Dr. Bunting is clinical manager of pharmacy and Asheville Project coordinator, Diabetes and Health Education Center, Mission Hospitals, Asheville, NC.
The Pharmacy Department of Mission Hospitals,a 700-bed, community hospital located inAsheville, NC, was instrumental in the development,implementation, and administration of theAsheville Project. Communities tend to look to their hospital(s) as resources for health care expertise, and this wasthe case with the development of the Asheville Project.Hospital pharmacy departments throughout the countrymight consider their own potential to be a catalyst forpharmacist-coordinated disease management programs intheir communities, as Mission Hospitals was in ours.
When I reflect on why the Asheville Project flourishedin our community, a major reason was that the hospitalfunctioned as the hub of the program. It contributeddevelopmental brainpower, arranged for pharmacist training,and brought the program to community pharmacists.This could, and should, be happening in other communities.Who better to do this than a hospital pharmacydepartment that has talented, motivated pharmacists witha reputation for clinical expertise within its walls?
Mission Hospitals? pharmacy department functions at avery high clinical level, but until the Asheville Project, thedepartment had primarily focused on inpatient clinicalservices. Asheville offered pharmacists the opportunity touse those same talents to help patients in ambulatoryareas. Hospital pharmacy departments have the potentialto improve care outside the hospital, and there is a tremendousneed to do so.A Meeting of the Minds
The original Asheville demonstration project began asthe brainstorm of key thought leaders in the state.Prominent among them were state pharmacy associationand school of pharmacy leaders, as well as representativesfrom state government and industry. The idea was todetermine if patients with medical conditions requiringchronic medications could benefit from regular face-to-facecounseling with pharmacists, based on the premisethat if pharmacists were given the opportunity to applytheir clinical skills, patients would do better clinically, outcomeswould improve, and possibly even result in lowertotal health care costs.
The group realized that it would be necessary to conducta demonstration project to study the value of suchservices. The burden of proof was on the pharmacy professionto prove convincingly to purchasers of health careservices, employers, government, insurance companies,and patients that pharmacists have knowledge and skillsworth purchasing.
To test the idea, someone needed to ?give us a chance.?A purchaser of health care services, an employer, wouldneed to be approached and agree to allow pharmacists todemonstrate whether, in fact, these services improved careand if improved care would lead to lower health carecosts.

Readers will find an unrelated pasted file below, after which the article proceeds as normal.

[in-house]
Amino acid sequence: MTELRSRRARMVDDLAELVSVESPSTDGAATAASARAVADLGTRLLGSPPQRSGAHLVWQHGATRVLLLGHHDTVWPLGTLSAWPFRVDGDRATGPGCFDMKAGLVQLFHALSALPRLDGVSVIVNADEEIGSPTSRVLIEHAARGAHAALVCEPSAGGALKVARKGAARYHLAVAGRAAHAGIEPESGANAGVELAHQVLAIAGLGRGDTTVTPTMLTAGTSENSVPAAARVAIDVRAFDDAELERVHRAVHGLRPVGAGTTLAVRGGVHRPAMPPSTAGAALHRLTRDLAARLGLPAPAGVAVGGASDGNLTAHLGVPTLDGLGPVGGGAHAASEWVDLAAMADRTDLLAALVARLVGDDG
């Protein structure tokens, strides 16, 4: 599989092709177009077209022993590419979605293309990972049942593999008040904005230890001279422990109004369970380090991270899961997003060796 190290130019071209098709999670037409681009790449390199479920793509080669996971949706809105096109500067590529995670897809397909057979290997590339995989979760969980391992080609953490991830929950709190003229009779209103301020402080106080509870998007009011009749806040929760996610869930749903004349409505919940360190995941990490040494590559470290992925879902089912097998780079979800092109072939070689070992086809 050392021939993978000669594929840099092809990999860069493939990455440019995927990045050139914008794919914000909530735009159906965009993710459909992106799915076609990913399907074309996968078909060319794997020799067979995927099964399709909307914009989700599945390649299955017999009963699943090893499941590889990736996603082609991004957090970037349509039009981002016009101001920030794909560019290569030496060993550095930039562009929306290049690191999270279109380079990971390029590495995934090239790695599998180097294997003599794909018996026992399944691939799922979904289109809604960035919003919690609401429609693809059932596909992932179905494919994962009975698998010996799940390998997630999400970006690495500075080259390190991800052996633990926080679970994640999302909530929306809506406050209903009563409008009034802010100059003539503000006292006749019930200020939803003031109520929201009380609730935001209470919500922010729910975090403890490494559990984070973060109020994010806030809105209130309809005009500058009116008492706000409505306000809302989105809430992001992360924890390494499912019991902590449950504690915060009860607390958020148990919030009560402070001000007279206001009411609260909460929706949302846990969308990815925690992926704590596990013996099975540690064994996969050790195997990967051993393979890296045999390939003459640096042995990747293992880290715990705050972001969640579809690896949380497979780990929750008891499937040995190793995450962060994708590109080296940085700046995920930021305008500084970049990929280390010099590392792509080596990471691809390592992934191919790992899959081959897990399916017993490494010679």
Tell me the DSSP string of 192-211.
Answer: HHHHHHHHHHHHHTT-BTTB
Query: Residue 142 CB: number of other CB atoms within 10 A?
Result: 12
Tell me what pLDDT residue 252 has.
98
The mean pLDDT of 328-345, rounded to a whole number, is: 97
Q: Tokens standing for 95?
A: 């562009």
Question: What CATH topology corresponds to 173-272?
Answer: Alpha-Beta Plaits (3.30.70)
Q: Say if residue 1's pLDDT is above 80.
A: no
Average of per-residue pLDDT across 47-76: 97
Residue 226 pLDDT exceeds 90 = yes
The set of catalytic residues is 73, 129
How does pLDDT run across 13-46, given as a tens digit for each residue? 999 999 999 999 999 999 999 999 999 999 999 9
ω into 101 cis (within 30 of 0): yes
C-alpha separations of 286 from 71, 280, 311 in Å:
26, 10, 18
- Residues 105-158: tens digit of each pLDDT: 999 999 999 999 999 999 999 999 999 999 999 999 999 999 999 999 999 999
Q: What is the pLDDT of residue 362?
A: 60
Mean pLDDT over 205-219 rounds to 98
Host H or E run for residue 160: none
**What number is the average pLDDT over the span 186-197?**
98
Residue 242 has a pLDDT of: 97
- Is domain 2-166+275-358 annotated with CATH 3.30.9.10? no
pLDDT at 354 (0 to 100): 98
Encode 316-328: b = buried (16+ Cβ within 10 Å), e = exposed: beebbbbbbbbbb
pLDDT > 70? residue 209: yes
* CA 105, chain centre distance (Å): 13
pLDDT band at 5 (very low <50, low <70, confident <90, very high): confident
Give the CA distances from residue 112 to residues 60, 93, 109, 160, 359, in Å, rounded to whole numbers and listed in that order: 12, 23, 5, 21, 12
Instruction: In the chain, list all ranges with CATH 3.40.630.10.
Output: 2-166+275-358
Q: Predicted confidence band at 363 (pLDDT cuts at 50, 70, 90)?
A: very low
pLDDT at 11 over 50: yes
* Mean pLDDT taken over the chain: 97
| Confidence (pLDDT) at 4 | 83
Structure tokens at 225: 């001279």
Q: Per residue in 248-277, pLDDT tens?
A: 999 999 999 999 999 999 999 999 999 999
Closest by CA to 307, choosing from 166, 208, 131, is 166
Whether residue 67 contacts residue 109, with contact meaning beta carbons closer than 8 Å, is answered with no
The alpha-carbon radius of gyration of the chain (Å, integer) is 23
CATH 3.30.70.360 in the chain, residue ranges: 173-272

Daniel G. Garrett, RPh, MS, FASHP, then director ofpharmacy at Mission Hospitals, took to heart the chargeto find a payer to ?give us a chance? and approached theRisk Benefits Manager of the City of Asheville, JohnMiall, to see if the city would be willing to partner in ademonstration project where the city would offer a diseasemanagement program to their employees with diabetes,and the pharmacy department at Mission Hospitals woulddevelop, implement, and administer the program in thecommunity. In addition, the pharmacy department wouldprovide expertise to determine program outcomes andpublish results.Hospital Pharmacists Take the Lead
Even after the agreement in principle was reached,many decisions still had to be made, involving a widerange of issues and stakeholders. In the area of pharmacistsalone, we had to look at training, curriculum, recruitment,and development of a pharmacist network. We neededincentives to recruit patients and match them to pharmacists.Roles and relationships with the employer benefitsstaff had to be defined, as well as outreach to physiciansand community diabetes educators. We also needed a planfor marketing, replication, and measuring outcomes.Pharmacy leadership at the hospital was responsible forfleshing out the demonstration project idea in these areas.
Although all of this sounds daunting, it was notimpossible, and the administrative and clinical expertisethat allowed this to happen in Asheville is available inmany other communities with progressive hospital pharmacydepartments. We have seen other communitiesimplement similar programs without the direct involvementof their local hospitals; however, in our experience,it is much easier when they are involved.
One of the biggest challenges for a community thatwould like to initiate a project like this is figuring out howto get started. Once begun, it is much easier to sustain, buthaving a point person or a point organization is critical.
Yet why would a hospital, whose focus is primarily onacute care, be interested in a program that focuses onambulatory care?What?s in It for Us?